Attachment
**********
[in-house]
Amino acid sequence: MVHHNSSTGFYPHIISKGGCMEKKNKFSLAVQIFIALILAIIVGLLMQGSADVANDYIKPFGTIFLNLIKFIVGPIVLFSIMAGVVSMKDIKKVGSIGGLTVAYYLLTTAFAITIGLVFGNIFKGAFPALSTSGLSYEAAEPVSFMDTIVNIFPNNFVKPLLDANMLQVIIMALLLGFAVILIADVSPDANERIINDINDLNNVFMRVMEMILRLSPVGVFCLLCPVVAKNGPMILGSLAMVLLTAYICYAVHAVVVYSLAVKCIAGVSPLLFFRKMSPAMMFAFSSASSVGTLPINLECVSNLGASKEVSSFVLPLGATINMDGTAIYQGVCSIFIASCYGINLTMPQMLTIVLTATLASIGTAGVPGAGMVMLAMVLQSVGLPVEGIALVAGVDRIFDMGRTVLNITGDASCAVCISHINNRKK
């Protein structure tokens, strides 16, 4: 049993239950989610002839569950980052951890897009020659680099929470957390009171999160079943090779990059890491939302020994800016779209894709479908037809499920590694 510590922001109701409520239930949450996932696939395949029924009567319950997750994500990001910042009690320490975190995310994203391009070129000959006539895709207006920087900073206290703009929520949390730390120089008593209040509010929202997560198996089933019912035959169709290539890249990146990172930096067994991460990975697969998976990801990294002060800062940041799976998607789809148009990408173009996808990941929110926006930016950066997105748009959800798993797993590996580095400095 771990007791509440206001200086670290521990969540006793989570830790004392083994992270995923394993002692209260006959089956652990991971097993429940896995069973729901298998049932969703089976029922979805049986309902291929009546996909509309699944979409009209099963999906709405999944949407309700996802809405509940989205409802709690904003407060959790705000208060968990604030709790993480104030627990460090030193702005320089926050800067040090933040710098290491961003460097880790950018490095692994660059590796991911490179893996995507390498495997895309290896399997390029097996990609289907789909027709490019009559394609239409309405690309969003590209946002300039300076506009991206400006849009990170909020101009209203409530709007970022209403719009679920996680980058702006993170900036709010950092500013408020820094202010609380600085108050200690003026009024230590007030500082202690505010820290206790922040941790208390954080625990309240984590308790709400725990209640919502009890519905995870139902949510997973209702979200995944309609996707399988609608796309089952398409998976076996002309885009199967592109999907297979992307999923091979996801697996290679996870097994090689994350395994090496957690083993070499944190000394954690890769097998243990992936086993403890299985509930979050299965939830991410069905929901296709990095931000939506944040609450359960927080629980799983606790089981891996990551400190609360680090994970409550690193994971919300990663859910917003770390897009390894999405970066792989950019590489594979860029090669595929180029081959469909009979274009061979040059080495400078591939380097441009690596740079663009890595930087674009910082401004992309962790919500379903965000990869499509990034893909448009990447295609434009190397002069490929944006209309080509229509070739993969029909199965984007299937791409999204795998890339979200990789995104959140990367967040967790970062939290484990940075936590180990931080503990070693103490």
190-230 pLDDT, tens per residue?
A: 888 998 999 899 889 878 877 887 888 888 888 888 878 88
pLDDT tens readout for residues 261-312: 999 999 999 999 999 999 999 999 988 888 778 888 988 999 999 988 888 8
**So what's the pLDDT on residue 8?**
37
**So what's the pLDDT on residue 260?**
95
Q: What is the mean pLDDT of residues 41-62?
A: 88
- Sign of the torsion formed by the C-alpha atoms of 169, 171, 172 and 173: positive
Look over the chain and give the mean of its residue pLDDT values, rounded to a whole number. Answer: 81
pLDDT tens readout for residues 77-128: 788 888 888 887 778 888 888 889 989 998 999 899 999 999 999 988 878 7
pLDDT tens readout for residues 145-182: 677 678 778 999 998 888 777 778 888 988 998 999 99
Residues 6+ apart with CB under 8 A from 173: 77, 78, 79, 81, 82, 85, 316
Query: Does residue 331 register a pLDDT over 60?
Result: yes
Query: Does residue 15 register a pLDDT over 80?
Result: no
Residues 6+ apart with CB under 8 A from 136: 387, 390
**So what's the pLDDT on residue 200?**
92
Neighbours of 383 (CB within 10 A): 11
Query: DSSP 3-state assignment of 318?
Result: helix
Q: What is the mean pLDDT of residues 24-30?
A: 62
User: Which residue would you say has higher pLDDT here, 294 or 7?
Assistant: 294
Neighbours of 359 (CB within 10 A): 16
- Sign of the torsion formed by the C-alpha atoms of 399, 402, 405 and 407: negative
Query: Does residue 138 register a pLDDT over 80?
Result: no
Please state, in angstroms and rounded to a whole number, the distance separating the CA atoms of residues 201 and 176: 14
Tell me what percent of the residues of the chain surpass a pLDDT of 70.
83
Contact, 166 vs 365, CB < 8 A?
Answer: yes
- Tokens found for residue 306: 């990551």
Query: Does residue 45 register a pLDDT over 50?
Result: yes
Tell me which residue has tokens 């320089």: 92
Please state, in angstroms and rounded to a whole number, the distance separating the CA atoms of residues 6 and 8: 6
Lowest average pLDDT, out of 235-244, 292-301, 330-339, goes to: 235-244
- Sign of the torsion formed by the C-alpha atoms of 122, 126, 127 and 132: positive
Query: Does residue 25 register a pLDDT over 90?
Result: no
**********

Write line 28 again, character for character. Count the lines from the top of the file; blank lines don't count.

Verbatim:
Q: What is the mean pLDDT of residues 24-30?